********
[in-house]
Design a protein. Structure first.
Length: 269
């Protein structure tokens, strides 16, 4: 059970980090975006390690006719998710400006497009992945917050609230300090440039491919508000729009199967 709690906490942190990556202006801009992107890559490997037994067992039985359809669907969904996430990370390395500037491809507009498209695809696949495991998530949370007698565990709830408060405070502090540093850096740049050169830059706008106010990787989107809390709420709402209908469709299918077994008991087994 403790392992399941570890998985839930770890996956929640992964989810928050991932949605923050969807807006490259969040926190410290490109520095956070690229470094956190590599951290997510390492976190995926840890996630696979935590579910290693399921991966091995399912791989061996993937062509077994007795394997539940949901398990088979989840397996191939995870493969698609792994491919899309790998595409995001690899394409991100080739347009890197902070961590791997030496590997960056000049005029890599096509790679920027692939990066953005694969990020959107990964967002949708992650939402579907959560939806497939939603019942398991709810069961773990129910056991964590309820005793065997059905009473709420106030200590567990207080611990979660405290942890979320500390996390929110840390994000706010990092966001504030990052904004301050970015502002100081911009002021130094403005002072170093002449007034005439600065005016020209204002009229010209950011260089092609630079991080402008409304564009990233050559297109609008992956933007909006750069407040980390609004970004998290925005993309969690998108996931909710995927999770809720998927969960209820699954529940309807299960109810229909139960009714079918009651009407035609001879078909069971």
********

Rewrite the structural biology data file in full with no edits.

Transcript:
[in-house]
Design a protein. Structure first.
Length: 269
């Protein structure tokens, strides 16, 4: 059970980090975006390690006719998710400006497009992945917050609230300090440039491919508000729009199967 709690906490942190990556202006801009992107890559490997037994067992039985359809669907969904996430990370390395500037491809507009498209695809696949495991998530949370007698565990709830408060405070502090540093850096740049050169830059706008106010990787989107809390709420709402209908469709299918077994008991087994 403790392992399941570890998985839930770890996956929640992964989810928050991932949605923050969807807006490259969040926190410290490109520095956070690229470094956190590599951290997510390492976190995926840890996630696979935590579910290693399921991966091995399912791989061996993937062509077994007795394997539940949901398990088979989840397996191939995870493969698609792994491919899309790998595409995001690899394409991100080739347009890197902070961590791997030496590997960056000049005029890599096509790679920027692939990066953005694969990020959107990964967002949708992650939402579907959560939806497939939603019942398991709810069961773990129910056991964590309820005793065997059905009473709420106030200590567990207080611990979660405290942890979320500390996390929110840390994000706010990092966001504030990052904004301050970015502002100081911009002021130094403005002072170093002449007034005439600065005016020209204002009229010209950011260089092609630079991080402008409304564009990233050559297109609008992956933007909006750069407040980390609004970004998290925005993309969690998108996931909710995927999770809720998927969960209820699954529940309807299960109810229909139960009714079918009651009407035609001879078909069971």